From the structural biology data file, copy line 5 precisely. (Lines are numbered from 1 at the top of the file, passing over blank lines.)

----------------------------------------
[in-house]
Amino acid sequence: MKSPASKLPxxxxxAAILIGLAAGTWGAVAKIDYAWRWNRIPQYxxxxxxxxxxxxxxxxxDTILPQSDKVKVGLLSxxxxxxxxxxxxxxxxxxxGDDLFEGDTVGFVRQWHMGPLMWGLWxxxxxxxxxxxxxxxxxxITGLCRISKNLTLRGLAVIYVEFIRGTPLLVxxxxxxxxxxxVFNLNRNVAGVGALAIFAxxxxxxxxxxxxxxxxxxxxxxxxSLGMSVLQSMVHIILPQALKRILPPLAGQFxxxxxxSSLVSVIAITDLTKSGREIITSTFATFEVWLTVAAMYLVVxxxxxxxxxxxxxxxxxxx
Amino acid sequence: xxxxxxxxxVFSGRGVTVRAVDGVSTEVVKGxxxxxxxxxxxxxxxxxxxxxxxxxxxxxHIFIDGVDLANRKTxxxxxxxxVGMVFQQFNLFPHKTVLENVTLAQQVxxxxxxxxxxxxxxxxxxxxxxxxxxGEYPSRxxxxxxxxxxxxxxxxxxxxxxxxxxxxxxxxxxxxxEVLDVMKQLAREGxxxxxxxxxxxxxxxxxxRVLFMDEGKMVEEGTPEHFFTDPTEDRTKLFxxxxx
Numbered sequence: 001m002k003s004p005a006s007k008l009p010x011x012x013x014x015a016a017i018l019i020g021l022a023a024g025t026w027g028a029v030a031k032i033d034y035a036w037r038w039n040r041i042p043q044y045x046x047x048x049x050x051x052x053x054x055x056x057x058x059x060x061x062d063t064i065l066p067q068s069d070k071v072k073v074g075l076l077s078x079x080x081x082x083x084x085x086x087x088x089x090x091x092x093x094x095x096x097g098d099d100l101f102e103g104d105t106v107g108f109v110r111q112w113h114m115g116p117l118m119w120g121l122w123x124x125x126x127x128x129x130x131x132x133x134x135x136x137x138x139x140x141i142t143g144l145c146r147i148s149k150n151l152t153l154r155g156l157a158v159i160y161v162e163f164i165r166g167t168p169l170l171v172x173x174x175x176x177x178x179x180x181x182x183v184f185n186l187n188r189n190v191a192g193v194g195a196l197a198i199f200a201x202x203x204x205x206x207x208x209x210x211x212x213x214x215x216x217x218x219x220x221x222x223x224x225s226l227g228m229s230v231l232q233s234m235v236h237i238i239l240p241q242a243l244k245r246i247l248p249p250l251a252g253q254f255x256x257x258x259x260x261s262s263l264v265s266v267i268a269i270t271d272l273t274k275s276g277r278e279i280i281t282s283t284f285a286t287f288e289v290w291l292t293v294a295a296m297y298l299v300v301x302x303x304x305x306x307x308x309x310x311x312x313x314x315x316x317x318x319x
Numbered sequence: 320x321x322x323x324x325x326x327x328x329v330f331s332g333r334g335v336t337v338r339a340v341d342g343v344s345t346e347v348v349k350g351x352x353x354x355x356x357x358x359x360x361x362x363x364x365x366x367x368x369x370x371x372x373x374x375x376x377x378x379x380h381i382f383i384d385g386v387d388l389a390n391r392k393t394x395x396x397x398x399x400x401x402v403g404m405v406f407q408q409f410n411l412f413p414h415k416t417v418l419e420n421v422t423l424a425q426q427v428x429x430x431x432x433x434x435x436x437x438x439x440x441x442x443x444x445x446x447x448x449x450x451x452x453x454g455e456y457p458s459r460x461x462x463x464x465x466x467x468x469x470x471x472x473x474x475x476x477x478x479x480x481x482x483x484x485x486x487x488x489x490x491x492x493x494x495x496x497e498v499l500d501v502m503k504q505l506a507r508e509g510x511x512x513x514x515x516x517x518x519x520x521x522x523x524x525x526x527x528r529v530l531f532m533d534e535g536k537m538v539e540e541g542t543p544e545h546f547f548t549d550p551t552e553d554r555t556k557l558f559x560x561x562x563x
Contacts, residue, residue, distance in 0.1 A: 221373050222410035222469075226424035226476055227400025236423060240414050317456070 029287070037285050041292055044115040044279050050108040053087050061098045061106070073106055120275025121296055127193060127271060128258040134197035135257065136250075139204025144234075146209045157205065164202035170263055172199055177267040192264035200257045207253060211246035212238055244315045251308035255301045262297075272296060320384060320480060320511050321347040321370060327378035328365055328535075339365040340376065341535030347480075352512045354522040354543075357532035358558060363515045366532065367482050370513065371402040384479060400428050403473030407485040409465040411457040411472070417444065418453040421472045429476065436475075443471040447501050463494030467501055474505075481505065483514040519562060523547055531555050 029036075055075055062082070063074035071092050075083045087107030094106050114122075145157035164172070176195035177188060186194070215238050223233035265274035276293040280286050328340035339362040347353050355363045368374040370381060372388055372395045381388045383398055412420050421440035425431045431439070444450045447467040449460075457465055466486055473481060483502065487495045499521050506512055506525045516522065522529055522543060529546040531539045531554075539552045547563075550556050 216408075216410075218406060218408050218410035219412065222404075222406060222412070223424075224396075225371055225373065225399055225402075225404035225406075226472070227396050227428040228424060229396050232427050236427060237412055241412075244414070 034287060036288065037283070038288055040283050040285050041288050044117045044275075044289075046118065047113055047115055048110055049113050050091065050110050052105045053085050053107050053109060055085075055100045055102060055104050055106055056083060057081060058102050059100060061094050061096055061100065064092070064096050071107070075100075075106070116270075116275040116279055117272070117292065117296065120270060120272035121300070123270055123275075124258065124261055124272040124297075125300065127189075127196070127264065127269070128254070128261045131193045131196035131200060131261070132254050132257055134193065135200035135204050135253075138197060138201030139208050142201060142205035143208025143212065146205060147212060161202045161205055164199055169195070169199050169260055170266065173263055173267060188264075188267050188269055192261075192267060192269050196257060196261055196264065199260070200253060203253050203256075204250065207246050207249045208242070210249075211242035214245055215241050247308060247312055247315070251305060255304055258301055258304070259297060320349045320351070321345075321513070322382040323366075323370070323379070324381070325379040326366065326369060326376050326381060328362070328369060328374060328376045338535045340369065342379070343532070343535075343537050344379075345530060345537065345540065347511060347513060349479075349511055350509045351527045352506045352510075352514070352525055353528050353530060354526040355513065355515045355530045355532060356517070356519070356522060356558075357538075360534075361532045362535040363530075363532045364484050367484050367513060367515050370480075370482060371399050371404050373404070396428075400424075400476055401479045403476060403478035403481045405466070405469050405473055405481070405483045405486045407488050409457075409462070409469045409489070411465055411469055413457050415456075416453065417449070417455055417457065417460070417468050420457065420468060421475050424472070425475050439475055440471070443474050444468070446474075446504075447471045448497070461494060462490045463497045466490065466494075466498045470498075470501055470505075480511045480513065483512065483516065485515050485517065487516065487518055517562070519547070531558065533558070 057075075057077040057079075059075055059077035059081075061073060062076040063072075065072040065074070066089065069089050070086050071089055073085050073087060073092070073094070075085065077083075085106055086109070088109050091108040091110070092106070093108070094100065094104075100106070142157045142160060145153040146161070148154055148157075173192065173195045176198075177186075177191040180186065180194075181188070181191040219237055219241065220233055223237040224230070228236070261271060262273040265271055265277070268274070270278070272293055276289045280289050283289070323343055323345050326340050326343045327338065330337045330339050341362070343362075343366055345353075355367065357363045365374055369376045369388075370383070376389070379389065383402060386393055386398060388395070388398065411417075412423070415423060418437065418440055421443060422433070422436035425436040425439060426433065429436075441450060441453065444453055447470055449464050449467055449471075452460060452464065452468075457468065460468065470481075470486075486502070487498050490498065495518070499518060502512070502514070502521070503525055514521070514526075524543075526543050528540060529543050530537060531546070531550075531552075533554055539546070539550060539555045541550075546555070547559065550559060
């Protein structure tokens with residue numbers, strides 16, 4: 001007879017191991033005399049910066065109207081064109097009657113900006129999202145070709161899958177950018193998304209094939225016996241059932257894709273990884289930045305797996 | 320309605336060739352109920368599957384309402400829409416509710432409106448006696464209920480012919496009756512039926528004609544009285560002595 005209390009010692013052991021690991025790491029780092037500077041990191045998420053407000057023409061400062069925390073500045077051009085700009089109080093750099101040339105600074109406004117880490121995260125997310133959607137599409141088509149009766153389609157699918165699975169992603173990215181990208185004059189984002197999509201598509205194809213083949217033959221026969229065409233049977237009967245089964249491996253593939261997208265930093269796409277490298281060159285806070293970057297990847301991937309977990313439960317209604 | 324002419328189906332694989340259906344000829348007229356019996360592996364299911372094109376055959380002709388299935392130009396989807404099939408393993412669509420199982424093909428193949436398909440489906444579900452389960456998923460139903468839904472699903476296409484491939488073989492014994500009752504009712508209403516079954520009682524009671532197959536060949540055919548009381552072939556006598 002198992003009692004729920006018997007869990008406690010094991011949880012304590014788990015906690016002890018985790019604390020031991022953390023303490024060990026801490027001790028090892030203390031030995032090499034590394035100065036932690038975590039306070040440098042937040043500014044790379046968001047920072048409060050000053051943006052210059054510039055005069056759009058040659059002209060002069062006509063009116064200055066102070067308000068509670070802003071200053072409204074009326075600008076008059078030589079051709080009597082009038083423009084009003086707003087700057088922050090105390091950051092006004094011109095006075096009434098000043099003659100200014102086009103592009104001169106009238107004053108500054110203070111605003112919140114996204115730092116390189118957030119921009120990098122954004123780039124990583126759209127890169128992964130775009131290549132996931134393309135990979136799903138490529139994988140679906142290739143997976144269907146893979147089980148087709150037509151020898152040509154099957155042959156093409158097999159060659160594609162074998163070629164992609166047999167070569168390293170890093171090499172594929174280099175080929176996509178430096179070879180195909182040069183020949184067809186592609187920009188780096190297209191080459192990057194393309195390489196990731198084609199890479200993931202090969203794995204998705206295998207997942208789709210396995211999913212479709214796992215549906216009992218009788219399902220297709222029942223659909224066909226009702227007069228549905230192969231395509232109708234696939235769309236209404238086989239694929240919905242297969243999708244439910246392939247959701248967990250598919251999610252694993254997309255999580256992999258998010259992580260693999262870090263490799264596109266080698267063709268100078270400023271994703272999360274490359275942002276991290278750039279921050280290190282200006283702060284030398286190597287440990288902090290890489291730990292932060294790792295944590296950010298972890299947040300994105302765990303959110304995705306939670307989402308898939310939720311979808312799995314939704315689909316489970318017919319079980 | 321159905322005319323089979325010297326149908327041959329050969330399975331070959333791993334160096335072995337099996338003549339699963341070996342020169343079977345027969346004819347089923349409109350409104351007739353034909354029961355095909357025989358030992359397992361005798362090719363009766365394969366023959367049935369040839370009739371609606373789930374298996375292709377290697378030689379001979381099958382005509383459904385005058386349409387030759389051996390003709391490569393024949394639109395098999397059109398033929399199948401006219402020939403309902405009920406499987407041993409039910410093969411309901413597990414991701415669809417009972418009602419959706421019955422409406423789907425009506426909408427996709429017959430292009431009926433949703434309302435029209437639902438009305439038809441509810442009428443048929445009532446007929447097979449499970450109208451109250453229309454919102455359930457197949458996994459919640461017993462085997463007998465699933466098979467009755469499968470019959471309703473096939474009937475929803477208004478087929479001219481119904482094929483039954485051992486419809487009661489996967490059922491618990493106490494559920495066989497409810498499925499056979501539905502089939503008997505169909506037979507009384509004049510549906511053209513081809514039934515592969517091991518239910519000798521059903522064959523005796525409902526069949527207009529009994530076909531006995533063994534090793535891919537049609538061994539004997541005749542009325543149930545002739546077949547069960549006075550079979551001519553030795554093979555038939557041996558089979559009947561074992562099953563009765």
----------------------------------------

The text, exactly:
Numbered sequence: 320x321x322x323x324x325x326x327x328x329v330f331s332g333r334g335v336t337v338r339a340v341d342g343v344s345t346e347v348v349k350g351x352x353x354x355x356x357x358x359x360x361x362x363x364x365x366x367x368x369x370x371x372x373x374x375x376x377x378x379x380h381i382f383i384d385g386v387d388l389a390n391r392k393t394x395x396x397x398x399x400x401x402v403g404m405v406f407q408q409f410n411l412f413p414h415k416t417v418l419e420n421v422t423l424a425q426q427v428x429x430x431x432x433x434x435x436x437x438x439x440x441x442x443x444x445x446x447x448x449x450x451x452x453x454g455e456y457p458s459r460x461x462x463x464x465x466x467x468x469x470x471x472x473x474x475x476x477x478x479x480x481x482x483x484x485x486x487x488x489x490x491x492x493x494x495x496x497e498v499l500d501v502m503k504q505l506a507r508e509g510x511x512x513x514x515x516x517x518x519x520x521x522x523x524x525x526x527x528r529v530l531f532m533d534e535g536k537m538v539e540e541g542t543p544e545h546f547f548t549d550p551t552e553d554r555t556k557l558f559x560x561x562x563x